Calvin's Commentaries, Vol. 36: Acts, Part I, tr. by John King, [1847-50], at sacred-texts.com
Acts 7: 5-8
5. And he gave him none inheritance in it, no, not the breadth of a foot; and promised that he would give it to him to possess, and to his seed after him, when as he had no son. 6. And God spake after this manner, Thy seed shall sojourn in a strange land; and they shall bring it into bondage, and shall evil entreat it four hundred years. 7. But the nation whom they shall serve will I judge, said God. And afterwards they shall come out, and shall worship me in this place. 8. And he gave him the covenant of circumcision: and so he begat Isaac, and circumcised him the eighth day; and Isaac begat Jacob; and Jacob begat the twelve patriarchs.
5. We must note three firings in this place; that God exercised the patience of his servant, because, after that he had brought him out of his own country, he dwelt in the land of Canaan as a stranger.
[First,] For Abraham possessed not one foot’s-breadth, save only that which he bought to bury in. And that is counted no possession which serveth not for the uses of this life. Secondly, forasmuch as that field was bought, Stephen doth for good causes say, that God gave Abraham nothing. For that could not be gotten either with money, or by any other means which man could invent, which Abraham did hope for of the promise.
Secondly, we must note, that though God did not show Abraham the thing itself as yet, yet did he uphold him by his word. And this is our stay, when God promiseth that that is laid up for us which as yet we possess not. Therefore, when as the thing, that is, the possession of the land, was wanting, Abraham had for his help and stay the promise of God; and being content with the same alone, he desired nothing in the land of Canaan save only an uncertain resting-place wherein he might sojourn.
For as much as [επαγγελλεσθαι] signifieth simply to promise, I thought there was no cause why, with Erasmus, I should translate it in this place, to promise again. For I resolve it adversatively, although he had promised, that by the way we may note as it were, a show of deceiving, 377 unless peradventure some man be disposed to apply it unto the promises which are oftentimes repeated. 378
Thirdly, we must note that the promise was such that it did not much differ from a mere mock. God promised the land to the seed of Abraham when he was fourscore years old, and had to wife one that was barren, neither had he any hope to have any issue. This seemeth to be more than frivolous. For why doth he not rather promise that he will give him seed? But this was a notable trial of faith, in that Abraham, without asking any question, or any curious disputation, did obediently and meekly embrace that which he had heard proceed out of the mouth of the Lord. Therefore, let us remember that God doth so lift up and comfort his servant with his word, that he doth not only defer the giving of the thing, 379 but also he may seem after a sort to mock him; as he dealeth with us also in some respect. For, although he call us the heirs of the world, (Jas 2:5,) he suffereth us oftentimes to want even a competent living and necessary helps. And this doth he of set purpose, that he may bring the wisdom of the flesh to nought, seeing that we do not otherwise give due honor to his word.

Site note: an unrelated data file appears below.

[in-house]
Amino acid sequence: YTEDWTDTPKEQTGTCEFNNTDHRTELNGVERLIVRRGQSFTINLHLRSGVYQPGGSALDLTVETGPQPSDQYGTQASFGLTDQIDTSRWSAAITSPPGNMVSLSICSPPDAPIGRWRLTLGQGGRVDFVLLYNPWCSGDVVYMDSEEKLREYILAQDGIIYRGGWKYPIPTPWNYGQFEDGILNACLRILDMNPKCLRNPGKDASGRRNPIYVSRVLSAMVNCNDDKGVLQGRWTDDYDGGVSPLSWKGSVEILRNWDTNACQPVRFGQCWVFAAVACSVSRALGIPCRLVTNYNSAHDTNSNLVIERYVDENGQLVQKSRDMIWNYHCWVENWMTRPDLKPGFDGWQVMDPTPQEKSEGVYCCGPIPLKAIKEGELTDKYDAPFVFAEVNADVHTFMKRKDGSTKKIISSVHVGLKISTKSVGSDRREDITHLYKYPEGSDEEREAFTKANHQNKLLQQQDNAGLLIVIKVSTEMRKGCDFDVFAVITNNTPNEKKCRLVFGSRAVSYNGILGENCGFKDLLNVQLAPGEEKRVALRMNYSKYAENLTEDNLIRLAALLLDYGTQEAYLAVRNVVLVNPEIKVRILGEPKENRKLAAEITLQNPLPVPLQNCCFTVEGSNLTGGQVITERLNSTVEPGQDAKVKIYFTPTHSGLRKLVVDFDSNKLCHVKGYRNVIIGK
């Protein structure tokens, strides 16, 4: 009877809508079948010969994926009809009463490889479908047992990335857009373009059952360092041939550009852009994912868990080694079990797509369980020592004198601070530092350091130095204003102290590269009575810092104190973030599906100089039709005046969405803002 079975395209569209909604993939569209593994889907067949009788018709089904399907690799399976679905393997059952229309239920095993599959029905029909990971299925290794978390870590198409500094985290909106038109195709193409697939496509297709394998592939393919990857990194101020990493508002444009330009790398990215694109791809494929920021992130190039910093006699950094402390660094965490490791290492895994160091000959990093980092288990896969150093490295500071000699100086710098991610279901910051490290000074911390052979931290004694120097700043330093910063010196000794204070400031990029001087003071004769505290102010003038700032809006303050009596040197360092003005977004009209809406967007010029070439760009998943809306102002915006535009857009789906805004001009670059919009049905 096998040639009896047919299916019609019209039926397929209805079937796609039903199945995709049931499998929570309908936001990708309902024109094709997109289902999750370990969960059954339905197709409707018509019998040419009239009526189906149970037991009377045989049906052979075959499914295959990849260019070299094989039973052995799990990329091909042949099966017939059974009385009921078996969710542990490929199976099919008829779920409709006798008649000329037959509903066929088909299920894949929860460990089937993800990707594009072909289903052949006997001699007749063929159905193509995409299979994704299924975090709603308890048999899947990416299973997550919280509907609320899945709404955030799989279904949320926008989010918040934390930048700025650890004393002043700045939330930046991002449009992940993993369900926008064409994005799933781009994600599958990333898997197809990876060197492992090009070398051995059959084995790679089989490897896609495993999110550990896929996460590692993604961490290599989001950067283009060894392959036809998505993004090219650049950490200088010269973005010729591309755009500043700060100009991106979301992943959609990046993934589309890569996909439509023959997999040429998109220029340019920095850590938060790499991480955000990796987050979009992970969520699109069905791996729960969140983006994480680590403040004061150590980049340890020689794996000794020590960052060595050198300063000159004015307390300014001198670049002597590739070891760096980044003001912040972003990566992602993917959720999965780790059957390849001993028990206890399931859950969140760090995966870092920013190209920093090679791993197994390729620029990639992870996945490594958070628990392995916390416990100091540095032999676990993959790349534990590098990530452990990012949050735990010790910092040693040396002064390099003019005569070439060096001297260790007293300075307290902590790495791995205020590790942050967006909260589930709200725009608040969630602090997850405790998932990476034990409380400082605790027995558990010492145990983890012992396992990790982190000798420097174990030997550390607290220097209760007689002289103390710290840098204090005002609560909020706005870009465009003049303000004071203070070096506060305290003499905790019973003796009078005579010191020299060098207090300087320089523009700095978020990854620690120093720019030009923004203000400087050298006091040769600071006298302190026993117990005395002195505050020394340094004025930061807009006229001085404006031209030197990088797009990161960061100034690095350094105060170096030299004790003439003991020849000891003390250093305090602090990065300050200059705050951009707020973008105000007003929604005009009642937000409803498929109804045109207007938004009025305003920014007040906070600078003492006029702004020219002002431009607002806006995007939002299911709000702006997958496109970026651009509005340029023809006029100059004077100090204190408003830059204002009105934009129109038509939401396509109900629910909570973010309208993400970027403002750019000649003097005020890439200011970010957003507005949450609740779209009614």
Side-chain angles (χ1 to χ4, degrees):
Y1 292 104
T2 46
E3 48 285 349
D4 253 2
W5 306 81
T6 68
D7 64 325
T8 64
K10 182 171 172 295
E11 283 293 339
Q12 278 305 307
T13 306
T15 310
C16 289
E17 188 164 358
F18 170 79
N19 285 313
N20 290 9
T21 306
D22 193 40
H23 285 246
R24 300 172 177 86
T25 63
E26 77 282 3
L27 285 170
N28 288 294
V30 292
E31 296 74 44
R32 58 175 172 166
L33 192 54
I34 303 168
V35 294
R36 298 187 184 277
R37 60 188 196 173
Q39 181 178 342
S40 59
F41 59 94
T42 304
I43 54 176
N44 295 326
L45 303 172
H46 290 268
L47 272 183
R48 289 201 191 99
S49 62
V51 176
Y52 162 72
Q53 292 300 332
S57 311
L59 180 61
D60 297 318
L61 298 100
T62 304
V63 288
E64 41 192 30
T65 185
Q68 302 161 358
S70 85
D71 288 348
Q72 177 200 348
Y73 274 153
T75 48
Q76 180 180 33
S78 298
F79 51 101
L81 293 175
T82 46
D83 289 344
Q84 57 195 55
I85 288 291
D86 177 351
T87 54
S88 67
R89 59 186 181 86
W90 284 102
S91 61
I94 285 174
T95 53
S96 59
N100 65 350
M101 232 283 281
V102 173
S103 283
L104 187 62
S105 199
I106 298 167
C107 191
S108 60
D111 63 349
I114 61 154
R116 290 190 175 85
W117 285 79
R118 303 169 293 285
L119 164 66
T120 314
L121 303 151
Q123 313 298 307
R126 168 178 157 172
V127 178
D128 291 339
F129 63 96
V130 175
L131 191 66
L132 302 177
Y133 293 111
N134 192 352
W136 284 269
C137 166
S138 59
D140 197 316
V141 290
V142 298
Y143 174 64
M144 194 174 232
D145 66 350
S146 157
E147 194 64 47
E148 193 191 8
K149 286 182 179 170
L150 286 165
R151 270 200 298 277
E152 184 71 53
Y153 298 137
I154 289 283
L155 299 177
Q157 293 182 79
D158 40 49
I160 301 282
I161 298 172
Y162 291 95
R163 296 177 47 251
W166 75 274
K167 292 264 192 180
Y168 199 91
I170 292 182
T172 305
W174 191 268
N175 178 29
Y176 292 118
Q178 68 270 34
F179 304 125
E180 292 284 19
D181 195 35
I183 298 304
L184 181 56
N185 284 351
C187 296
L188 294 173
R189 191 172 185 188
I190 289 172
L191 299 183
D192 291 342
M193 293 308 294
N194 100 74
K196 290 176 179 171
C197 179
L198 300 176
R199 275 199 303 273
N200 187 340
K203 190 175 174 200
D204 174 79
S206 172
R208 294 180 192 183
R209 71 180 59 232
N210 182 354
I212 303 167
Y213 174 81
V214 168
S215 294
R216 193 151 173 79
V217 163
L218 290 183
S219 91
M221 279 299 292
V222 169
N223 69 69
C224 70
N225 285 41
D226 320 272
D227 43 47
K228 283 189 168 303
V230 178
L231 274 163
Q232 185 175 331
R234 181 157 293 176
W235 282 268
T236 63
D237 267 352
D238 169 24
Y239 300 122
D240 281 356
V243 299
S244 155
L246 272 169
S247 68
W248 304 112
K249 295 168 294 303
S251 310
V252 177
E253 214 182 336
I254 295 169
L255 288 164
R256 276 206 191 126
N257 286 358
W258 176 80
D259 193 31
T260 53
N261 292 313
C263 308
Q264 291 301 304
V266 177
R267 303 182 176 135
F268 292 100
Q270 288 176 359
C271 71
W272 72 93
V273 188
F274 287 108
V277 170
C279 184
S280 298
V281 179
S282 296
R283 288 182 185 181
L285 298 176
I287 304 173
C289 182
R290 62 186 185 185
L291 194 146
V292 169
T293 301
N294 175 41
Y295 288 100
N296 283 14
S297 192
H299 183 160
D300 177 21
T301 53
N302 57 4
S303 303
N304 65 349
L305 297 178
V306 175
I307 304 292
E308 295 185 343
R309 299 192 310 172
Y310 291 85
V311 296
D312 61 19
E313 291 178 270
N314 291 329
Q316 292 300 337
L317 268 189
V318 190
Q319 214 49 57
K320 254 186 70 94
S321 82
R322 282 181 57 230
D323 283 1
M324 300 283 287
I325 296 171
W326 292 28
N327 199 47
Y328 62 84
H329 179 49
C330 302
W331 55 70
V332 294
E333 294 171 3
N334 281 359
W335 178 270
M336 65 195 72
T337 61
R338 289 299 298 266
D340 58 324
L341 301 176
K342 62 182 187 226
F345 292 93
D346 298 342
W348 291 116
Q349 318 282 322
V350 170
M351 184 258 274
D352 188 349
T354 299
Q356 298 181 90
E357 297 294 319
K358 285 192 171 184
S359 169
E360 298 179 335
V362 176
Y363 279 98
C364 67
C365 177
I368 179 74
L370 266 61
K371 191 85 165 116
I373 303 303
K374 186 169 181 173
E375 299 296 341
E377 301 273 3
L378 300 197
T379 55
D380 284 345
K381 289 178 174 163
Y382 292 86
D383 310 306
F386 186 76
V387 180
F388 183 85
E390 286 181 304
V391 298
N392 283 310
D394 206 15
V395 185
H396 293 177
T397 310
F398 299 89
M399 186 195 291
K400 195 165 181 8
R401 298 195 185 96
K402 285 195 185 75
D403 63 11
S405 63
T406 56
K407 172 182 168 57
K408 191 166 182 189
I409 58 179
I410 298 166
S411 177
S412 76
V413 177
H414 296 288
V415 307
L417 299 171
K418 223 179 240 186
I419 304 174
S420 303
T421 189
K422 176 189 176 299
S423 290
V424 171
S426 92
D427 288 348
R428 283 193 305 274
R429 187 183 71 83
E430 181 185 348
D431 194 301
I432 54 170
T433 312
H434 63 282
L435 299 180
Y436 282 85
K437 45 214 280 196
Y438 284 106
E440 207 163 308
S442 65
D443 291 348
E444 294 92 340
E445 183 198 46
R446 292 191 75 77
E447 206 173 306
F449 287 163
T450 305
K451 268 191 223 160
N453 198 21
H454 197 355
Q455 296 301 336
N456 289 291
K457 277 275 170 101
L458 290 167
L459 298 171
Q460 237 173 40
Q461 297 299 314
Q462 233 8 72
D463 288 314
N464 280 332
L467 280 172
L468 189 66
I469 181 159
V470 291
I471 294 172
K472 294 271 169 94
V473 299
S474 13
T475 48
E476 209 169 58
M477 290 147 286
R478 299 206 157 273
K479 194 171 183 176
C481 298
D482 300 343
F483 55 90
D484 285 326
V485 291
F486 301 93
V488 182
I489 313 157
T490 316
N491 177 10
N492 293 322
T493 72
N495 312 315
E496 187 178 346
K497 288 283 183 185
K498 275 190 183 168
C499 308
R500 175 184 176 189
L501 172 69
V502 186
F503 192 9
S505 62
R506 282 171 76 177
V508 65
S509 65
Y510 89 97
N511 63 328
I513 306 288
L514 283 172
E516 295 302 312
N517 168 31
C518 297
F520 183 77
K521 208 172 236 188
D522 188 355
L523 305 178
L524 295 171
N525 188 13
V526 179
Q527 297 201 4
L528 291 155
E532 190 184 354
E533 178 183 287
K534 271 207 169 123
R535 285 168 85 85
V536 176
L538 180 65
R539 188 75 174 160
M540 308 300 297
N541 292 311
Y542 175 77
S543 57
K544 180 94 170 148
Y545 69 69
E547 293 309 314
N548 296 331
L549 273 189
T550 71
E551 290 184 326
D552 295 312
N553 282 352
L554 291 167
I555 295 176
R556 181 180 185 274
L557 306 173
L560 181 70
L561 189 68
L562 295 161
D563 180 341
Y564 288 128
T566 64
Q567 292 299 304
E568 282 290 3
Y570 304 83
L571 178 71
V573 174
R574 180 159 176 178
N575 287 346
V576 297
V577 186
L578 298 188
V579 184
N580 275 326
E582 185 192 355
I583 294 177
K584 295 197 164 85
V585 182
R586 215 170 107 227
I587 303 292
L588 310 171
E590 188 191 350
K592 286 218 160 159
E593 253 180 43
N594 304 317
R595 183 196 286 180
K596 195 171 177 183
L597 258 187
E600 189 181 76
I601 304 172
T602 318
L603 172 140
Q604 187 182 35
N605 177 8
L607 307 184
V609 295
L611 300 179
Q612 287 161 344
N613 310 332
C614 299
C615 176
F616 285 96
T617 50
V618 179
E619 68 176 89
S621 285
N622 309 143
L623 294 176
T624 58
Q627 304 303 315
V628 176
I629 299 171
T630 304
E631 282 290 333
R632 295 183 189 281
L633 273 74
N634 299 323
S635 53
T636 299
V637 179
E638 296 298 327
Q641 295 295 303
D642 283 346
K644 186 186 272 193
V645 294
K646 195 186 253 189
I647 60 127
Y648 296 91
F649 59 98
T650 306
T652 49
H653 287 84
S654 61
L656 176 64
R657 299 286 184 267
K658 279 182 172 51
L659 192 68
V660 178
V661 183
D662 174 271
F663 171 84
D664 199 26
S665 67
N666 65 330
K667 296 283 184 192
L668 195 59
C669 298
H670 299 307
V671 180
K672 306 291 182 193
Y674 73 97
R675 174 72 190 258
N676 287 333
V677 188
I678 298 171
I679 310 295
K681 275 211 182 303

6. Thy seed shall be a stranger. Stephen putteth the Jews in mind in how miserable and reproachful an estate their fathers were in Egypt; and showeth that this their servitude, wherewith they were oppressed, came not by chance; because it was foretold long before by the oracle of God. This history ought to have been of great force, partly to tame their lofty courages, 380 and to teach them modesty; partly to set forth the grace of God, because God had always had a care of that nation. For this is a singular benefit, in that the people are restored wonderfully, as it were, from death to life. In the mean season, the Jews are taught that the Church of God was elsewhere than in the land wherein they dwelt; that the fathers were chosen to be a peculiar people, and that they were kept safe under the tuition of God, before ever the temple was built, or the external ceremonies of the law were instituted.
These things appertain unto the general scope or drift of the sermon. But hence may we gather a profitable admonition. Bondage is of itself hard and bitter; but when cruelty of masters is added thereunto, it seemeth to be intolerable. Wherefore, it must needs be that the mind of the godly man was sore wounded, when he heard that his seed should serve, and be villanously and cruelly entreated, Moreover, this was no small trial; forasmuch as these things were, to look to contrary—the inheritance of the land of Canaan which was now promised, and bondage in a strange country. For who would not have thought that God had, as it were, forgotten his former promise, when as he telleth Abraham that his seed shall endure miserable bondage? He saith, at the first, that he will give his seed the land. But he had as yet no seed; yea, all hope of seed was now cut off. But when doth he promise that he will give it? After his death. By and by he saith, that that seed should be carried away to another place, that it may serve strangers. And how long? Four hundred years. Doth he not seem, by this means, to pull back his hand, that he may not perform that which he had promised?